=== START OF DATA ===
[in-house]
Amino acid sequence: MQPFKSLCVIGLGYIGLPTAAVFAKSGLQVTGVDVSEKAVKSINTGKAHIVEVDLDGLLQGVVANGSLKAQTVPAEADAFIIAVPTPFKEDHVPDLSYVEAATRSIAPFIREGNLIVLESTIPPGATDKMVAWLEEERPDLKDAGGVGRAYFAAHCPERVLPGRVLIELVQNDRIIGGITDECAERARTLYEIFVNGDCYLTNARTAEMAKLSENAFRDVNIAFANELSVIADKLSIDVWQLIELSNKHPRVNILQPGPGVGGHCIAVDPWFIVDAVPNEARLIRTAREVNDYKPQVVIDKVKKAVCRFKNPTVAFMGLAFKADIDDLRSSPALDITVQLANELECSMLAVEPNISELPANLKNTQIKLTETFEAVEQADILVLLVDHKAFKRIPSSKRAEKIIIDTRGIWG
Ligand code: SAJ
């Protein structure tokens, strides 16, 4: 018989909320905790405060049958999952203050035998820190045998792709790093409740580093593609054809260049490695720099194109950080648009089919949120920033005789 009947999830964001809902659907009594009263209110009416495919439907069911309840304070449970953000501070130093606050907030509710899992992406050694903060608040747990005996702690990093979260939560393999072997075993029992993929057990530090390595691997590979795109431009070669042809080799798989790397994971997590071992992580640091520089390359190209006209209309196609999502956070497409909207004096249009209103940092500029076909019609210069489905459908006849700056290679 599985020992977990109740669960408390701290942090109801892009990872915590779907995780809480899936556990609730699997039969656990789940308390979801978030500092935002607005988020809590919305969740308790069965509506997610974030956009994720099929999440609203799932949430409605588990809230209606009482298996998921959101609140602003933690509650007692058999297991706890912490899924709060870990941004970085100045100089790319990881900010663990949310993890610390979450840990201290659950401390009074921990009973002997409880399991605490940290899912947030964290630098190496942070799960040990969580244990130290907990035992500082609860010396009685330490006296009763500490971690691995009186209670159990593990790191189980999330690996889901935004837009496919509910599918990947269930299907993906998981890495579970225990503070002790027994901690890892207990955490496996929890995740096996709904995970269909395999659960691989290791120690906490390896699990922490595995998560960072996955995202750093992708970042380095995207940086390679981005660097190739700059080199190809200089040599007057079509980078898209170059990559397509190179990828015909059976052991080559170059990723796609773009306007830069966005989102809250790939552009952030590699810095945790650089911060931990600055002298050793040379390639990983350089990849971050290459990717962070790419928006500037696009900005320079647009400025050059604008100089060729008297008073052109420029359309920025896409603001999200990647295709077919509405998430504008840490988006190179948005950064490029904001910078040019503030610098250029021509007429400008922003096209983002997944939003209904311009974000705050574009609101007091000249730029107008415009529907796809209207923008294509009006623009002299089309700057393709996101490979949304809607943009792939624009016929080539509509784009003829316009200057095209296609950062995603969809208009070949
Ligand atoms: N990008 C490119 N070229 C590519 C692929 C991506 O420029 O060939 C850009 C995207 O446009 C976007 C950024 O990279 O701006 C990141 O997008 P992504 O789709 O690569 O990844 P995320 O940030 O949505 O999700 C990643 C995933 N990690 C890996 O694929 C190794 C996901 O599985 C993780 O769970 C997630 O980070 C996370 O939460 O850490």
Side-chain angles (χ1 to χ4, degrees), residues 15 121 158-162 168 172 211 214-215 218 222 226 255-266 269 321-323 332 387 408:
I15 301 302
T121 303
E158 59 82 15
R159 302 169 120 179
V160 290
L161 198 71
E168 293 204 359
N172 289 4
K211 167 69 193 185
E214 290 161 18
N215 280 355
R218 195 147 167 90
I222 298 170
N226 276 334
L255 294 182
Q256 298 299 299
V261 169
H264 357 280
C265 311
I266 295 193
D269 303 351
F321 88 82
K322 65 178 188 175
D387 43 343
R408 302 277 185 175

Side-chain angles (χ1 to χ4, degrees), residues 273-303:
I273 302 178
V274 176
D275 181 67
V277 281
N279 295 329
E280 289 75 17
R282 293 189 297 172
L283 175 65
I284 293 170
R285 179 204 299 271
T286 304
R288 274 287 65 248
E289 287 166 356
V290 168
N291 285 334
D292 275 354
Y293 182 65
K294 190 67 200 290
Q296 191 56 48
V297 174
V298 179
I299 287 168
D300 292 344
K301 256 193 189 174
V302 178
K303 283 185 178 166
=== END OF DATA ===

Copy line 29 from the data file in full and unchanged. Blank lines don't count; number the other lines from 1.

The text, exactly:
K322 65 178 188 175